UVA Today recently shared an article about the Virginia Film Festival‘s big pivot to virtual. The annual event is a mainstay of the Charlottesville arts and culture scene — normally attracting thousands of filmmakers and moviegoers to Charlottesville and UVA for the multi-day film event.
The bad news: Coronavirus put a pause on the traditional film festival gatherings.
The good news: It’s even more accessible than ever!
“The festival is something that the community looks forward to every year, and we didn’t want to lose that, even, or especially, this year,” said Kielbasa, noting that both his staff and the festival’s advisory board – a 28-member board of film industry veterans chaired by UVA alum and producer Mark Johnson of “Breaking Bad” and “Better Call Saul” fame – were fully supportive of the move.
UVA Today’s Caroline Newman shared that just six months after beginning initial conversations, Kielbasa and his team are ready to put on a virtual festival this week, beginning Wednesday and running through Sunday. It will feature more than 70 films offered online, along with discussions with actors, filmmakers and UVA faculty members, and – in a creative move – 10 drive-in movie screenings.
Newman noted that there will be Oscar contenders, like “Ammonite,” starring Kate Winslet as 19th-century paleontologist Mary Anning, and “Nomadland,” about a modern-day nomad after an economic collapse; a wide range of independent films; and a star-studded guest list, including Annette Bening, Leslie Odom Jr., Ethan Hawke, photographer Pete Souza, “Breaking Bad” and “Better Call Saul” creator Vince Gilligan and many more. (Find a full schedule and ticketing information.)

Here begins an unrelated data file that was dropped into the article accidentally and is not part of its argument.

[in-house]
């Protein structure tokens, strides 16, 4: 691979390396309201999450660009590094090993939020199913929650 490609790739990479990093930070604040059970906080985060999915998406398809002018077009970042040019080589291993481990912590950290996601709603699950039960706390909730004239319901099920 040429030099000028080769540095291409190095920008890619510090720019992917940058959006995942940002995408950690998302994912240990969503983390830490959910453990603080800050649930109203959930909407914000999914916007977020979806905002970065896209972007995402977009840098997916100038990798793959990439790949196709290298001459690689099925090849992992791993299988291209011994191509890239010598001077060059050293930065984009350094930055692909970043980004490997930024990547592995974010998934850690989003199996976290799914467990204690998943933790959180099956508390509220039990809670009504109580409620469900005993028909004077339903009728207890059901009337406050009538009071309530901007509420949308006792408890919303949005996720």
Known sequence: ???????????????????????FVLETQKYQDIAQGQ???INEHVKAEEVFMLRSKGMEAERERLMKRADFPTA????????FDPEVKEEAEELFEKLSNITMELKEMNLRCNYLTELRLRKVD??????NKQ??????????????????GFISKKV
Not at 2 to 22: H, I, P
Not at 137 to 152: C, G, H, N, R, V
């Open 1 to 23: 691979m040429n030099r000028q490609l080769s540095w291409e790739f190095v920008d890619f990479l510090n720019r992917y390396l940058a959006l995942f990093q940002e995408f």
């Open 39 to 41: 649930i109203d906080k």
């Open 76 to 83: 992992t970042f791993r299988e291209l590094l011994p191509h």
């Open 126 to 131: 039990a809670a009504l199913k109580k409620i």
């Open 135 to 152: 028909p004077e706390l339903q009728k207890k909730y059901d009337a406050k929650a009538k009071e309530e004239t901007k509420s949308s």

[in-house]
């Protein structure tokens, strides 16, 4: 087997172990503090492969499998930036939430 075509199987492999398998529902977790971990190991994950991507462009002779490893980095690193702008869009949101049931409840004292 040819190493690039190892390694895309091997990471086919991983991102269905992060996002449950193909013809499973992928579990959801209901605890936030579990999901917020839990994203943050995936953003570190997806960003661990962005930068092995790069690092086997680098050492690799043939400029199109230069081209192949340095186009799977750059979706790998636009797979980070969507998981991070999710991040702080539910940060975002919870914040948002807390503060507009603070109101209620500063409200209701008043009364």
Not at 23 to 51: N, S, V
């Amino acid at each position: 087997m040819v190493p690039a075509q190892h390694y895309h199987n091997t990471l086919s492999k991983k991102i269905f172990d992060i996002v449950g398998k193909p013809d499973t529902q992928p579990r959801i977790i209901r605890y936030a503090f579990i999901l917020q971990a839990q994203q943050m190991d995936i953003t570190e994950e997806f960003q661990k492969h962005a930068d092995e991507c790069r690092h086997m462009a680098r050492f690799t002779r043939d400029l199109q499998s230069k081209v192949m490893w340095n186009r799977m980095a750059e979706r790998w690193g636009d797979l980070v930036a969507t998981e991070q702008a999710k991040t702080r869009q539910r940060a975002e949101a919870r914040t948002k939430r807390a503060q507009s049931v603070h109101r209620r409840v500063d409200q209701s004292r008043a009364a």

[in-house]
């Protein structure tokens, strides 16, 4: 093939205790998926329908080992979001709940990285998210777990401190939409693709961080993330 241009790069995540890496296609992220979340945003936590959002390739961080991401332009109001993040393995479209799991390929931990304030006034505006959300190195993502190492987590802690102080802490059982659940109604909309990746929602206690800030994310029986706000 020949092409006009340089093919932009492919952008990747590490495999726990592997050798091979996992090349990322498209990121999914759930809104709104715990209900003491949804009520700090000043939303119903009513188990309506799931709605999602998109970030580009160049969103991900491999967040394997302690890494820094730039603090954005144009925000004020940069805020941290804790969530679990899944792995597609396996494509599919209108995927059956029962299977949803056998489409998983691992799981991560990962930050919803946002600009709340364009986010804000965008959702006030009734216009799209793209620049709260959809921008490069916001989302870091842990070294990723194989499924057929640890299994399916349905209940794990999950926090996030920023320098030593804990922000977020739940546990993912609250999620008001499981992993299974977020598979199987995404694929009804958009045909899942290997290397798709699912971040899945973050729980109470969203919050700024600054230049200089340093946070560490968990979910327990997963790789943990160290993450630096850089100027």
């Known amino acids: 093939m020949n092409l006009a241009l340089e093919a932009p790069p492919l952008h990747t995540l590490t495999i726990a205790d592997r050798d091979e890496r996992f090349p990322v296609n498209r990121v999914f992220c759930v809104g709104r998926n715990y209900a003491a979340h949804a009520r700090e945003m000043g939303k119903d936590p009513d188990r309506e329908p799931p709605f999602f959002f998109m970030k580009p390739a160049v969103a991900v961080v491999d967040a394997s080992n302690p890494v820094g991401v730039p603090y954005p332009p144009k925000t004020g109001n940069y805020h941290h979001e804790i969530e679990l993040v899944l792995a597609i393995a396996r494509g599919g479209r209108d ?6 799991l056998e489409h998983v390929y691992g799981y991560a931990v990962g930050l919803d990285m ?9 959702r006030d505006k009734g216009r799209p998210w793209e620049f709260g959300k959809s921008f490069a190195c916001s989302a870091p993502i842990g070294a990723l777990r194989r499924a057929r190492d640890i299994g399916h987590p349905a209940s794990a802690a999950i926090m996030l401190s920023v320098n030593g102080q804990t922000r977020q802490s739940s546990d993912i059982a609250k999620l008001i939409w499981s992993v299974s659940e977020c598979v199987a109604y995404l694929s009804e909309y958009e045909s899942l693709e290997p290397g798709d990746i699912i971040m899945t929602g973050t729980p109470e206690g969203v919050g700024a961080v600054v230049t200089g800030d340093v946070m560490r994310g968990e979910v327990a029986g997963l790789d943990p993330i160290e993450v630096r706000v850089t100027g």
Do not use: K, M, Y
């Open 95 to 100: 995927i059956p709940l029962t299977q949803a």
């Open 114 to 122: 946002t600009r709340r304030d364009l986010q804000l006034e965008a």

Most of the festival’s content, including films and discussion sessions, will be available for viewers to purchase through Eventive and watch at any time during the festival’s duration.
Organizers purposefully kept individual ticket prices low, even while the festival was operating on a significantly reduced budget. Individual events can be purchased for $8, and the virtual all-access pass is $65, significantly lower than the $100 to $200 such passes run at other festivals. Some virtual events are free, including the discussion with Odom.
Read the full story on UVA Today.
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